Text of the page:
Design Engineering Solutions – Case Study 1

Posted on 01 July 2015 by Arthur Foxton Comments

Estimated Read time: 622 words 2 mins

  • The Solutions People

You're probably thinking: 'What do a bunch of Chemists know about Design Engineering?' Well... generally not much – but not all of us are Chemists; I myself studied Mechanical Engineering.

At Electrolube, what we do know about are problems and we understand that problems rarely stem from a single issue or discipline. It’s why we've developed a whole range of different Chemical Solutions throughout the years, instead of just sticking to Contact Lubricants which is where we started in 1941. What's the point of solving an issue in only one area, if we can solve others that may appear in other areas?

So... The question stands; how can we a Chemical Solutions Manufacturer help you to overcome Design Engineering obstacles?

We know the Solution might not be Chemical

One of the more challenging projects I've worked on was with a well-known company making communication devices. It displays how our experience and multi-angular approaches to problem solving surpasses that of our competitors.

This client wasn't making simple, cheap devices to be used in everyday life; they needed to build high-value, custom designed units to be used in a hazardous environment. As such, their units needed to be potted to protect the units from the stringent environmental conditions in which the unit would be placed. We knew this project was a race against time; they had approached a number of other Resin manufacturers with their project.

Due to the nature of the application and stringent testing regime, their required material properties were very specific... Therefore, gathering all the information I could about the project was critical – even the slightest oversight could turn into failure, due to the nature of the application; both the testing and the materials had to be faultless.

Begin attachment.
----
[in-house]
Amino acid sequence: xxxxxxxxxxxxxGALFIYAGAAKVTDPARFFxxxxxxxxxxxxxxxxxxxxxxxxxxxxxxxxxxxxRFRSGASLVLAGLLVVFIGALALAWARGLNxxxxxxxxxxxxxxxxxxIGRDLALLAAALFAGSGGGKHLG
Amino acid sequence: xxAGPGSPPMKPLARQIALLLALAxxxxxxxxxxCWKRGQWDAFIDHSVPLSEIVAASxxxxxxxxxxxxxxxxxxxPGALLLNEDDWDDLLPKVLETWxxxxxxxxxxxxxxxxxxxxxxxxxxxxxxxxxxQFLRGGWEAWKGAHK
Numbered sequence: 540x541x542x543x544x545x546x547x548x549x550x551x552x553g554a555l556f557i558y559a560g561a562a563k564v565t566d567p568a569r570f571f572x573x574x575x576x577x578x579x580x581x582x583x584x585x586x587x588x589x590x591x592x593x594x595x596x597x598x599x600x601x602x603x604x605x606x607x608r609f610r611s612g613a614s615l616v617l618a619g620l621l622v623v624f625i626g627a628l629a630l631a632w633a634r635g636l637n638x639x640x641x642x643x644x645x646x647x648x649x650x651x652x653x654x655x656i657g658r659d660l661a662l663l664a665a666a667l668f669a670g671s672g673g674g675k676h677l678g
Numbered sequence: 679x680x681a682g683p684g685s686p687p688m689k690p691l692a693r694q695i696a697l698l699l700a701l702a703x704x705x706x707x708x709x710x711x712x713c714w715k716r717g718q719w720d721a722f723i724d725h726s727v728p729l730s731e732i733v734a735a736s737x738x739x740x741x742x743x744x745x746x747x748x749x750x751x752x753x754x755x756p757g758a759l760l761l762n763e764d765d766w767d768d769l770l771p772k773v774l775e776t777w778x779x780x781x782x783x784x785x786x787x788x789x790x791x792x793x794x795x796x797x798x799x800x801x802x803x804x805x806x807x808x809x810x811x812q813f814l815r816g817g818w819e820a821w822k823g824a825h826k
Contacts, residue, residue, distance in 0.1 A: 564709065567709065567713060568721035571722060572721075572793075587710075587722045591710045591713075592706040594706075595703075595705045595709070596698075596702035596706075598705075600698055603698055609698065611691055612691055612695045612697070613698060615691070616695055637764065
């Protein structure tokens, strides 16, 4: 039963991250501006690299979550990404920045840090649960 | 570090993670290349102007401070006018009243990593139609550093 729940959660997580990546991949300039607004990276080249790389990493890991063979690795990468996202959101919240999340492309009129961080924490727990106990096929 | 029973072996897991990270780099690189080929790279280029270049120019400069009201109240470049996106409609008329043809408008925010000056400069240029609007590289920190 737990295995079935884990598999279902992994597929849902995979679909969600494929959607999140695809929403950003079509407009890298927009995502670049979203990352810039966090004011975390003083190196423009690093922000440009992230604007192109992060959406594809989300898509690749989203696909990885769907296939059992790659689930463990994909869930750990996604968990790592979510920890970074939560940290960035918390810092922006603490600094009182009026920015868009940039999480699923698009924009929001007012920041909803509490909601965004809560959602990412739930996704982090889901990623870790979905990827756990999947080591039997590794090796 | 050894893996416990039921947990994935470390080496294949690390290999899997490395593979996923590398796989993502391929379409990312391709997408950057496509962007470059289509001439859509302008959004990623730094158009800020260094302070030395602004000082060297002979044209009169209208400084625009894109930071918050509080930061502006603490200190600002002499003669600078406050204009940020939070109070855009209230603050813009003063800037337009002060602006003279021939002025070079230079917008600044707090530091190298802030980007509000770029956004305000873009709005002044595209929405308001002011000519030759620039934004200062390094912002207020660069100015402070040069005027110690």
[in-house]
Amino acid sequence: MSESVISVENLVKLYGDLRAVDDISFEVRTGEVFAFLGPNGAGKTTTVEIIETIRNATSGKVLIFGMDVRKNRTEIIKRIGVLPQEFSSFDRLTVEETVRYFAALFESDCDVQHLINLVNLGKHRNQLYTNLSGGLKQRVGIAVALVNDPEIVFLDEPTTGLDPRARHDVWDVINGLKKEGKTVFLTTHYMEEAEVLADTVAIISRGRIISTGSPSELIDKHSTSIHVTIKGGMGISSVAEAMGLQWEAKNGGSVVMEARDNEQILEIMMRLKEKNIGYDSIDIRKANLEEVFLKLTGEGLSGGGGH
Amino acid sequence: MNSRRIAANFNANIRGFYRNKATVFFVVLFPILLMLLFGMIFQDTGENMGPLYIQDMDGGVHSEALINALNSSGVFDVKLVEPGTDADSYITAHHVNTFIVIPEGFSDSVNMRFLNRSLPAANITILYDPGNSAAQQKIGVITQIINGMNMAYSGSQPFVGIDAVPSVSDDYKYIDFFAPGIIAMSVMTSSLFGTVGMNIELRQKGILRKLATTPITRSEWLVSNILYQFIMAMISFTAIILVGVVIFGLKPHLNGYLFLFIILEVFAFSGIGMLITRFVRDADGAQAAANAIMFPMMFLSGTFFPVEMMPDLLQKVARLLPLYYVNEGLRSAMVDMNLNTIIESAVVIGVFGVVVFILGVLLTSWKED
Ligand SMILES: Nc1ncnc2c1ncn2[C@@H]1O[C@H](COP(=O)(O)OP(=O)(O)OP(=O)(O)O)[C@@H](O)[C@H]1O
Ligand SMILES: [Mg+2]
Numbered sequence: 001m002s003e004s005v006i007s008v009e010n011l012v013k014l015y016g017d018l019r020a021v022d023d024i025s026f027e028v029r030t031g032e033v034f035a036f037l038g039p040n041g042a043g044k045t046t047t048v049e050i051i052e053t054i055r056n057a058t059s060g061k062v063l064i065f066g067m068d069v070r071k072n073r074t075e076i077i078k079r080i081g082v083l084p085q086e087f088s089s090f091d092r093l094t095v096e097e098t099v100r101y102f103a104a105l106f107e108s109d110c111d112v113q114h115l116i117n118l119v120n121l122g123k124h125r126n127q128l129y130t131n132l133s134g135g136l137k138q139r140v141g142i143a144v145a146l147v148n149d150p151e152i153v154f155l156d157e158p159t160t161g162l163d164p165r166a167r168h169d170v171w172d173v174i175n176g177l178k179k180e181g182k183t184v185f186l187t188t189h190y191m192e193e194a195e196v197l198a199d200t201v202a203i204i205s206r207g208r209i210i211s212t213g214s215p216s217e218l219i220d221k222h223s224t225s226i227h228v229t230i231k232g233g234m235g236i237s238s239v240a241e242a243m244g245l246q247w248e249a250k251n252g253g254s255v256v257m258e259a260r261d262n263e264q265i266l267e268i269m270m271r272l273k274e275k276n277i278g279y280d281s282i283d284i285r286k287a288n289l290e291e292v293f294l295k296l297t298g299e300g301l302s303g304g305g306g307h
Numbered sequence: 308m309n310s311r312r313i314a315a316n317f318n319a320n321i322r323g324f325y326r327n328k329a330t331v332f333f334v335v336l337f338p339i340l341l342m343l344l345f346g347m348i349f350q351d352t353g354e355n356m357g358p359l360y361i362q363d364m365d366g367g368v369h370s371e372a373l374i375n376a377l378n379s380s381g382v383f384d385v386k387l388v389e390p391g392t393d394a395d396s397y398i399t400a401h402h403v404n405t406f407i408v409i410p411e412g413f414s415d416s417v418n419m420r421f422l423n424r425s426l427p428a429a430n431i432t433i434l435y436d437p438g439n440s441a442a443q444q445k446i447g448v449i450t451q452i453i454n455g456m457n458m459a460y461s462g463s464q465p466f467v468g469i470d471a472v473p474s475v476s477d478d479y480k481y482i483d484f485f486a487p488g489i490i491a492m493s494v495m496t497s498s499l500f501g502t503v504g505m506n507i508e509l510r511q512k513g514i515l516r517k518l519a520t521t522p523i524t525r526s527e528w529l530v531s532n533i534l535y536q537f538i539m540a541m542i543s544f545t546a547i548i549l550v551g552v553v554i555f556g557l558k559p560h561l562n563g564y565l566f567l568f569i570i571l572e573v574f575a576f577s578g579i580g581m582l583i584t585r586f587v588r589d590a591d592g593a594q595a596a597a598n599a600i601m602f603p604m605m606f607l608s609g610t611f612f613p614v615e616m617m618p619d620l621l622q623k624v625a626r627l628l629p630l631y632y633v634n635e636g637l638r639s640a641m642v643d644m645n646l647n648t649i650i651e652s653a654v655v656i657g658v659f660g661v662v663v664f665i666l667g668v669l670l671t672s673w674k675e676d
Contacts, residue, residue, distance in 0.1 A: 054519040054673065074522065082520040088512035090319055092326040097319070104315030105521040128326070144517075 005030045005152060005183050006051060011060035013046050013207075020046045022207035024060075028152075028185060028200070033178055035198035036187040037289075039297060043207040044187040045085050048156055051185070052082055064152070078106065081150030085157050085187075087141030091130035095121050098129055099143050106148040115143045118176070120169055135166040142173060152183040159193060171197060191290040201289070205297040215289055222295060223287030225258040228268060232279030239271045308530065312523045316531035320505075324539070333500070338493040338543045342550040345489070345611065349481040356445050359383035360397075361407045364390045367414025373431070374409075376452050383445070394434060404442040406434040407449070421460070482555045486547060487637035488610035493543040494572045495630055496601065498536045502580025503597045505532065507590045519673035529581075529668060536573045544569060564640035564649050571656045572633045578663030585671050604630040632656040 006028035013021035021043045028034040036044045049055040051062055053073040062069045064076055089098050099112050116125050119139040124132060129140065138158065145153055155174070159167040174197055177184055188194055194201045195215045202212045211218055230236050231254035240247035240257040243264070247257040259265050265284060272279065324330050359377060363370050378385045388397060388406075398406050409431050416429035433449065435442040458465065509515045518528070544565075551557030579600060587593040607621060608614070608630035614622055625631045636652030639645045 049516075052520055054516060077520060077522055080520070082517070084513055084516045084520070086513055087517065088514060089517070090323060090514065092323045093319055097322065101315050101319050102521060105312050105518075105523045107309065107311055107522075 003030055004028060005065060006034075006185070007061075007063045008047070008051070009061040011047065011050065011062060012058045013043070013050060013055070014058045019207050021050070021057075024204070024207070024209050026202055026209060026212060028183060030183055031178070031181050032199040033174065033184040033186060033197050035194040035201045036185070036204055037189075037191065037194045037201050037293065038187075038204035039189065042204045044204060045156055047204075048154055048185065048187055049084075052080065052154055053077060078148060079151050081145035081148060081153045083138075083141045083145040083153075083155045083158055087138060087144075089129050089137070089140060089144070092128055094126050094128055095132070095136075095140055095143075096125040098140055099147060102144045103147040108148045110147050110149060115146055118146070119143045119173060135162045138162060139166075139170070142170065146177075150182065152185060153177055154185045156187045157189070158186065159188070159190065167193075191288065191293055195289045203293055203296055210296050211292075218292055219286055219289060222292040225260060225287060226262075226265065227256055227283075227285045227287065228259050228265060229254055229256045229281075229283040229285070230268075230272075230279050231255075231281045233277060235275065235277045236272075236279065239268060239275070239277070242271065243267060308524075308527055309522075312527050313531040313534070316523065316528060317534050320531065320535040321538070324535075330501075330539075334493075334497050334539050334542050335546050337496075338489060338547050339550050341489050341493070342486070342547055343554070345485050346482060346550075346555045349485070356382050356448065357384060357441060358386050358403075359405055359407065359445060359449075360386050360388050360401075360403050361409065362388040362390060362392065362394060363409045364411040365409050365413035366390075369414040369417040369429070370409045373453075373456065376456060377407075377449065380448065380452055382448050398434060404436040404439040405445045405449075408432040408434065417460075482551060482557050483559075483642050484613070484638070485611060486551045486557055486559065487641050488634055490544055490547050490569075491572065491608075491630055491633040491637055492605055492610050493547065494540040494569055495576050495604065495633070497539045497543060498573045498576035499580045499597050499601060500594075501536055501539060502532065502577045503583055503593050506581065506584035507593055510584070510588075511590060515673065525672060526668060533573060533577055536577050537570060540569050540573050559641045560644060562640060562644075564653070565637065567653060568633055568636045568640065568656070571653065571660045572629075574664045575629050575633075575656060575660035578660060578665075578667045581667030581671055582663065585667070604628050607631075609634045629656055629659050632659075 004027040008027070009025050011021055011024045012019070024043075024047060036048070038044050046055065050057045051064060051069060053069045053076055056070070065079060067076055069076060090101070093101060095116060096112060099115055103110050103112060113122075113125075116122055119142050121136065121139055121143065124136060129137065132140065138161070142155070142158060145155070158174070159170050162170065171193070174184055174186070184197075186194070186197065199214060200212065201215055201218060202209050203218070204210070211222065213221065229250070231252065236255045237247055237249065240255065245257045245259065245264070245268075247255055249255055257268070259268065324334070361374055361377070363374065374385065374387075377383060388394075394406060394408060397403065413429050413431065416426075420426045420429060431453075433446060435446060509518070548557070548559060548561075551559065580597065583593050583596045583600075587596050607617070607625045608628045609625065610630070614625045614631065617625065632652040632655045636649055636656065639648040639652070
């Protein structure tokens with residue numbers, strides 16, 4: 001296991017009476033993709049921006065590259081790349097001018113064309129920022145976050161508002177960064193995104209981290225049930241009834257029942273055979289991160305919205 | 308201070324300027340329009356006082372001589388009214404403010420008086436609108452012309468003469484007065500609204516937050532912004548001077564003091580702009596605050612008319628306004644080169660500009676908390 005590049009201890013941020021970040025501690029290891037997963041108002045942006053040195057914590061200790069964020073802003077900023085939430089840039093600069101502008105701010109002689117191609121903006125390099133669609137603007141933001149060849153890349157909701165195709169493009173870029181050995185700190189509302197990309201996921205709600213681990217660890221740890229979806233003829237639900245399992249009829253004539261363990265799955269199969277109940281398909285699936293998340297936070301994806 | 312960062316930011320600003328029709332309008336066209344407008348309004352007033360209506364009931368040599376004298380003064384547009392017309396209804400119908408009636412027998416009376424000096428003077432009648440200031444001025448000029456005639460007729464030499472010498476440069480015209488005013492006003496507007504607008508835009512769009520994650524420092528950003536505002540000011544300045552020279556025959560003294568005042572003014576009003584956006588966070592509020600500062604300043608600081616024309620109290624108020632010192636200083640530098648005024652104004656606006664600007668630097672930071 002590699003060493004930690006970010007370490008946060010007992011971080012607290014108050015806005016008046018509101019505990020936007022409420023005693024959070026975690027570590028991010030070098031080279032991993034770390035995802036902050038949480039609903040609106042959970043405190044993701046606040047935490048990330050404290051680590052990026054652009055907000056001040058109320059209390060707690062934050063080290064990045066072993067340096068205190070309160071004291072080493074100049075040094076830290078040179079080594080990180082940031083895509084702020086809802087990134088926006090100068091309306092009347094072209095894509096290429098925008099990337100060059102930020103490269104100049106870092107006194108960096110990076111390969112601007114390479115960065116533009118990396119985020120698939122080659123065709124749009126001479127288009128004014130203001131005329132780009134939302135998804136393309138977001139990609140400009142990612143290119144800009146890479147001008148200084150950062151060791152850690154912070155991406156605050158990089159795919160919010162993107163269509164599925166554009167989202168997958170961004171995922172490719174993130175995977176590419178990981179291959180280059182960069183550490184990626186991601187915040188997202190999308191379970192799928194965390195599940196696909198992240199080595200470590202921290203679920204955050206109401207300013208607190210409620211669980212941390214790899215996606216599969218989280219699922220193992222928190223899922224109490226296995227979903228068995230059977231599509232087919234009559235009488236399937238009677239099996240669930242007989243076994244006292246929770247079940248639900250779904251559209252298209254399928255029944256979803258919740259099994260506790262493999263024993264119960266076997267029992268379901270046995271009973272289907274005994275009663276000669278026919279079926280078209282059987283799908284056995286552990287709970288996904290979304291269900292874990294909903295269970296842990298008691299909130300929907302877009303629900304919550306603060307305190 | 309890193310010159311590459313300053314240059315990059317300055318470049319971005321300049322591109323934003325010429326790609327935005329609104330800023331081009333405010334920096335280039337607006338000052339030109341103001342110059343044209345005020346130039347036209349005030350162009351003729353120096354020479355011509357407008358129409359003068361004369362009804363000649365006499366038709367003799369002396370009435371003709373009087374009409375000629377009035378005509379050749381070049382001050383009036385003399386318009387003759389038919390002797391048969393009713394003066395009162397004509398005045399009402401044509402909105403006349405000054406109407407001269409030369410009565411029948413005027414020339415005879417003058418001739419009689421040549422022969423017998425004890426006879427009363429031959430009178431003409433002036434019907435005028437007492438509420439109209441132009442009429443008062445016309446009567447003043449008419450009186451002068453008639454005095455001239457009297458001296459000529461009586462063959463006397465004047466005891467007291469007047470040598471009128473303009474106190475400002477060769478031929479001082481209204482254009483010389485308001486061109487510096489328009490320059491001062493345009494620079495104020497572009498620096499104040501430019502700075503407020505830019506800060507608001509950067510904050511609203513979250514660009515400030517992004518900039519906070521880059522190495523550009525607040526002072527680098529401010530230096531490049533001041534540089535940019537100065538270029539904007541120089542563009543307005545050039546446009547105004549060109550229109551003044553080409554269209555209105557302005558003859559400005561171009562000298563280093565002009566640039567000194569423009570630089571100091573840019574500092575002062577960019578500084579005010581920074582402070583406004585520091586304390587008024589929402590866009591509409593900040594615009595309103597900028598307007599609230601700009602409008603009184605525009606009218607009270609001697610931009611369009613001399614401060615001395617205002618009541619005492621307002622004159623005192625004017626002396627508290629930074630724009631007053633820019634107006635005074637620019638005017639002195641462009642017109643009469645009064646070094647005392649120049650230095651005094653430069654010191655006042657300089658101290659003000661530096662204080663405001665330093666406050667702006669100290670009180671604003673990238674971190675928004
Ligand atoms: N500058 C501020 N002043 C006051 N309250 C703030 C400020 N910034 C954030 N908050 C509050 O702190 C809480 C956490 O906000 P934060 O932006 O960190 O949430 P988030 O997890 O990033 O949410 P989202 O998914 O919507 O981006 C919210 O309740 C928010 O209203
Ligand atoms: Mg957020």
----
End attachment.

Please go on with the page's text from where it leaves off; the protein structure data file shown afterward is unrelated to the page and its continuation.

Finding the solution

After careful thought, I shortlisted a few of our possible Encapsulation Resins for the job. We began the initial testing, as did a competitor who was also vying for the contract, and the results weren't looking good for either of us. All units eventually failed after HALT testing (Highly Accelerated Life Testing).

We found we couldn't pinpoint a chemical problem, but noted some slight issues with the customer's unit design

I didn't let this phase me, and took it within my stride; experience with other projects has taught me that missing even the most miniscule detail of an application can have a dramatic effect on how a resin performs. Maybe I missed something?

Unlike most other technical sales professionals, I have a daily stream of communication with my technical department, and the multiple development chemists who make it up. I picked the brains of my colleagues, and after analysing the situation as a group, we found we couldn't pinpoint a chemical problem, but noted some slight issues with the customer's unit design. The position and spacing between the PCB and the unit meant that during their thermal shock testing, all the resins tested exhibited some form of adhesion loss.

By this point, our rivals who we were competing over the contract for had lost interest; they were stuck for ideas. I, however, returned to the client with a fresh perspective, and suggested a few simple design changes which solved the issue – and all of our resins then successfully passed their tests. The problem was rooted in the design of the PCB board all along!

Needless to say, we successfully won the contract to supply that day and were awarded the contract over our competitor. Our technical department's breadth of experience in problem-solving, along with expert knowledge in various fields and applications means we're well equipped to approach a problem from multiple angles.

I daresay our client would still be aimlessly looking for a chemical solution had we not stepped in to save the day!